Anna Tibaijuka, who, as Kofi Annan's Special Envoy, wrote the UN report on the Zimbabwean government's Operation Murambatsvina co-authored an article in the Winter/Spring 2005 edition of the Brown Journal of International Affairs entitled 'Our Urban Future: Making a Home for Homo Urbanus'.
Governments are the watchdogs that can ensure that environmental standards are being met and ecosystems are not being dismantled, that local services are not arbitrarily withheld from the poor, that citizens have the opportunity to participate in decisions that affect them, that safety nets are in place in case of emergency, and that norms of integrity are upheld by local officials.
Politically, cities can represent opposition to a ruling class whose power base is planted firmly in the countryside. Even today, in many African countries, parliamentary representation is weighted disproportionately toward rural constituencies. The impact of this imbalance is compounded manifold in many countries where the politics of cities is controlled by the national governmnent. It is in the interests of party politics to paint cities as not being representative of national values. Cities are also tagged as environmental culprits, mainly because they concentrate human activity in a highly visible setting.
Good governance is seen as the sine qua non in policy development and implementation; while successful policies must further be based on democratic principles, equity, flexible fiscal mechanisms, civic engagement and decentralized, transparent and participatory governance.
The Executive Summary of the UN report (Download zimbabwe_rpt.pdf )sets out the Special Envoy’s findings and their implications as follows:
(i) Operation Restore Order, while purporting to target illegal dwellings and structures and to clamp down on alleged illicit activities, was carried out in an indiscriminate and unjustified manner, with indifference to human suffering, and, in repeated cases, with disregard to several provisions of national and international legal frameworks. Immediate measures need to be taken to bring those responsible to account, and for reparations to be made to those who have lost property and livelihoods. In parallel, other confidence-building measures need to be taken to restore dialogue between the Government of Zimbabwe and civil society.
(ii) Even if motivated by a desire to ensure a semblance of order in the chaotic manifestations of rapid urbanisation and rising poverty characteristic of African cities, nonetheless Operation Restore Order turned out to be a disastrous venture based on a set of colonial-era laws and policies that were used as a tool of segregation and social exclusion. There is an urgent need to suspend these outdated laws and to review them within the briefest time possible to ensure the sustainability of humanitarian response and to set the stage for meaningful physical reconstruction and the restoration of livelihoods;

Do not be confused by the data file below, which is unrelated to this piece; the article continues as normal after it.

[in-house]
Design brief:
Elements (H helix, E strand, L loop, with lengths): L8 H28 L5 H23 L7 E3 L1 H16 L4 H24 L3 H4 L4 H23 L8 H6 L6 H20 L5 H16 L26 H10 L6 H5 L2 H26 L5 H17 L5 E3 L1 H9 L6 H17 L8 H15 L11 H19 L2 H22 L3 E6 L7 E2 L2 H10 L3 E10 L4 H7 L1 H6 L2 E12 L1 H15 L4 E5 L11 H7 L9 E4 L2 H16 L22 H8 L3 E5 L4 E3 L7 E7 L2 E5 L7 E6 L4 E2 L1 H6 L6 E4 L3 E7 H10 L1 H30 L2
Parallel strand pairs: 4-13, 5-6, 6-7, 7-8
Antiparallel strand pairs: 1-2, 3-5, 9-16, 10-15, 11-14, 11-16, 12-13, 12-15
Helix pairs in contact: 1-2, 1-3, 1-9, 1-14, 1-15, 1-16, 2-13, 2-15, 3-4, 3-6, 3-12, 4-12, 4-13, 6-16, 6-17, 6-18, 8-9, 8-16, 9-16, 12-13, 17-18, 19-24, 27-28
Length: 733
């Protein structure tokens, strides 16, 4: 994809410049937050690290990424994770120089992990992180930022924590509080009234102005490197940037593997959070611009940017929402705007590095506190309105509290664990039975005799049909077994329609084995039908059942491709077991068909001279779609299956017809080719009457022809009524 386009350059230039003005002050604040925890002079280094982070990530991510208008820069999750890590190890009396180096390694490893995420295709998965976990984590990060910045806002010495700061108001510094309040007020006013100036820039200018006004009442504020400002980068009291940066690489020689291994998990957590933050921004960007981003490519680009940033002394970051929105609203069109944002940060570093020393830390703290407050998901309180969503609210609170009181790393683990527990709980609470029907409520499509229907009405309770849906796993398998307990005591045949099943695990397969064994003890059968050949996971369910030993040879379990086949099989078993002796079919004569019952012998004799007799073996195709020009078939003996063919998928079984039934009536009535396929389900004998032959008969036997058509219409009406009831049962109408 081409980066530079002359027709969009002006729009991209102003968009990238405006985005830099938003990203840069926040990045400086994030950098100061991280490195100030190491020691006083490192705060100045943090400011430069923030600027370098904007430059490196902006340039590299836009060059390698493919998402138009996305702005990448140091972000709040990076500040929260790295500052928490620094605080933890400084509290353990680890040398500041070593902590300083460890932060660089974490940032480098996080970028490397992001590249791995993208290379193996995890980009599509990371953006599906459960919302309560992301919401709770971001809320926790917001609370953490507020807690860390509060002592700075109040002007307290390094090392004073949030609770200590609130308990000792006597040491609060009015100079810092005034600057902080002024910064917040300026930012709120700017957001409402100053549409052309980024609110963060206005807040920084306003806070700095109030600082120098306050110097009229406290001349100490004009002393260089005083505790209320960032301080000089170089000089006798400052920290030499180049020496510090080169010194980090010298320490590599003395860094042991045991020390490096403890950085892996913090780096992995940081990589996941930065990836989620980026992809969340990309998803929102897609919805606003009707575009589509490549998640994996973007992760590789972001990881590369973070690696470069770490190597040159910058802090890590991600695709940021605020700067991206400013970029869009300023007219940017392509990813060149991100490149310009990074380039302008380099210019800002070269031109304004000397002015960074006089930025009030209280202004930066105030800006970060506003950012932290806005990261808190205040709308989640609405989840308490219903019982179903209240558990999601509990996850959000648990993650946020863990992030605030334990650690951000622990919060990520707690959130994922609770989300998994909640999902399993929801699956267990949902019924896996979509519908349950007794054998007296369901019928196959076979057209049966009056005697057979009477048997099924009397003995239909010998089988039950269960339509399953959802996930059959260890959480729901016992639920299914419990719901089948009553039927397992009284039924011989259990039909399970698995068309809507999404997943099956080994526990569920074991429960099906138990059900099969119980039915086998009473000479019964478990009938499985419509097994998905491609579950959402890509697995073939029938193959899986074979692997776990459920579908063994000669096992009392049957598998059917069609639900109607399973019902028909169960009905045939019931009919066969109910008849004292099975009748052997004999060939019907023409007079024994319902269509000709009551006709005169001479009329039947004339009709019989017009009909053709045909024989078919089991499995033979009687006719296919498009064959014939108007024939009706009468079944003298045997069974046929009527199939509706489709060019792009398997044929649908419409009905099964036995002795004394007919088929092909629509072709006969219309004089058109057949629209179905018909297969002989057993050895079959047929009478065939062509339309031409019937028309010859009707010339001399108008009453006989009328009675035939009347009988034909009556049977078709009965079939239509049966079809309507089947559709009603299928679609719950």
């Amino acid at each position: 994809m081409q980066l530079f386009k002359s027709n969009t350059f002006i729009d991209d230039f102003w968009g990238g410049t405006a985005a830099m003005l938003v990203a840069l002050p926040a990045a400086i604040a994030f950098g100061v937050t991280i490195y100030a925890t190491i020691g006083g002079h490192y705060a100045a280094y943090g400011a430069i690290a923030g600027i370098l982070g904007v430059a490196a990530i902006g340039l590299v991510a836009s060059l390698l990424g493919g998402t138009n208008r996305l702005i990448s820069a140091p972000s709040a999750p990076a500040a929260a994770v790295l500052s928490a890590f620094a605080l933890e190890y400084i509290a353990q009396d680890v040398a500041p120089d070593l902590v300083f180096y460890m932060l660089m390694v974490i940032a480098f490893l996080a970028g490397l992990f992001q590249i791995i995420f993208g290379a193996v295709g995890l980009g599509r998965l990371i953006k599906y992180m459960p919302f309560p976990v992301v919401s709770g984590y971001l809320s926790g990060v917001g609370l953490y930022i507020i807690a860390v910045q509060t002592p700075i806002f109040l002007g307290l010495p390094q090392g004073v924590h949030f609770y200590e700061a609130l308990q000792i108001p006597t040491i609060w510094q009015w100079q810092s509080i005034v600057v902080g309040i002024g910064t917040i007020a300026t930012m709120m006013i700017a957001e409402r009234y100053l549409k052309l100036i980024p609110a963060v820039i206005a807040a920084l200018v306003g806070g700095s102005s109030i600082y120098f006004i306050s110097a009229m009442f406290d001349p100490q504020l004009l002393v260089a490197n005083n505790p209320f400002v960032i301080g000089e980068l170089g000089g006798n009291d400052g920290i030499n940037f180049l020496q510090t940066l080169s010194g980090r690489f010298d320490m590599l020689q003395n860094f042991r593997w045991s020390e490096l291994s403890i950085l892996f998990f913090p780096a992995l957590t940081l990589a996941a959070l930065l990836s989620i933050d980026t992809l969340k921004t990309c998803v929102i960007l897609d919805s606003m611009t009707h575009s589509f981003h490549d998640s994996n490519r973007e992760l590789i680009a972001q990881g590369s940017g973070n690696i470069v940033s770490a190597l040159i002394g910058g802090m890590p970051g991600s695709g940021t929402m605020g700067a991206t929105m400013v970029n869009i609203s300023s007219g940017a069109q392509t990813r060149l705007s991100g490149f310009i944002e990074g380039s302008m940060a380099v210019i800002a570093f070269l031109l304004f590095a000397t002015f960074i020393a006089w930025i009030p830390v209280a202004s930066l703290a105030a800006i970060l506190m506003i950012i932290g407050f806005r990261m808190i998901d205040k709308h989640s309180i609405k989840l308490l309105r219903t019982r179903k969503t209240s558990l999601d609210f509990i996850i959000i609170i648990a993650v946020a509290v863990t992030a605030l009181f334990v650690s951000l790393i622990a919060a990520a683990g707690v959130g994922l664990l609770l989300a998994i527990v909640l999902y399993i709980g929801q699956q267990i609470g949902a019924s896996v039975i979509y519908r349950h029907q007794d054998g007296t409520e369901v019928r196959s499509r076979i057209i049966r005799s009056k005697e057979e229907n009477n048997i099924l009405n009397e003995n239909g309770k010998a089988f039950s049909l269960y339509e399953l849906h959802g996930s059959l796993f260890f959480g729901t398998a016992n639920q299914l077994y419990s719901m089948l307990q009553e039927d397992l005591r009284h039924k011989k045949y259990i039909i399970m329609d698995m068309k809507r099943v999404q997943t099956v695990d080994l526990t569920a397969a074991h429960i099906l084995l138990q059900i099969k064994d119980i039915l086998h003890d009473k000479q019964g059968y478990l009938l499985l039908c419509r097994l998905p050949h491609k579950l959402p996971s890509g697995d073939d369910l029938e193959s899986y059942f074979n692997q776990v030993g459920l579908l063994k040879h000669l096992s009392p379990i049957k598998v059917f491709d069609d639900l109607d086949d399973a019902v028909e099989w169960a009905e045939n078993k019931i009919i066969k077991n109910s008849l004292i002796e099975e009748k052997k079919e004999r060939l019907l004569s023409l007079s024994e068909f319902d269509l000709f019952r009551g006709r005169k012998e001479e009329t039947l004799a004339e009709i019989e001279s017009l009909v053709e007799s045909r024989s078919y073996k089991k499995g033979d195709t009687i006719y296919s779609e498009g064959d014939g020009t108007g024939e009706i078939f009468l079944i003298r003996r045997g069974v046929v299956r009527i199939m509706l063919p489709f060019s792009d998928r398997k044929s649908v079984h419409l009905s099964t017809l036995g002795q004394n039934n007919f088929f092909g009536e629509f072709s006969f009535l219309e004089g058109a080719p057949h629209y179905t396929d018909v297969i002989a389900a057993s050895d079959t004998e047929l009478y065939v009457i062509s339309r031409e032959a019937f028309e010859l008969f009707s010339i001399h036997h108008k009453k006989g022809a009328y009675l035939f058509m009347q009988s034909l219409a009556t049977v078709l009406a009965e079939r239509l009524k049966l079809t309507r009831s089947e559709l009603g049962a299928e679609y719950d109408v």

(iii) The humanitarian consequences of Operation Restore Order are enormous. It will take several years before the people and society as a whole can recover. There is an immediate need for the Government of Zimbabwe to recognise the virtual state of emergency that has resulted, and to allow unhindered access by the international and humanitarian community to assist those that have been affected. Priority needs include shelter and non-food items, food and health support services.
(iv) Any humanitarian response can only be meaningful and sustainable if it contributes to the long-term recovery and reconstruction efforts of the Government and of its people. Zimbabwe is not a country at war and it remains peaceful. By African standards, it has a well maintained physical infrastructure. The international community should engage the Government of Zimbabwe and help it to address some of the issues and causal factors that led to the present predicament. These include, first and foremost, the lack of security of tenure for the poor. They also include conflicting and outdated housing and urban development policies, overlapping jurisdictions, and a lack of clear definition of and respect for the respective roles and competencies between central and local spheres of government. The humanitarian response provides a unique opportunity and entry point to link the provision of temporary shelter and other forms of humanitarian assistance with immediate security of tenure for all those affected and to prepare the ground for overcoming the failures and inherent weaknesses in governance.
The Zimbabwean government's reaction to the report is covered here.
The opposition MDC's reaction is here.
Thabo Mbeki's reaction is covered here.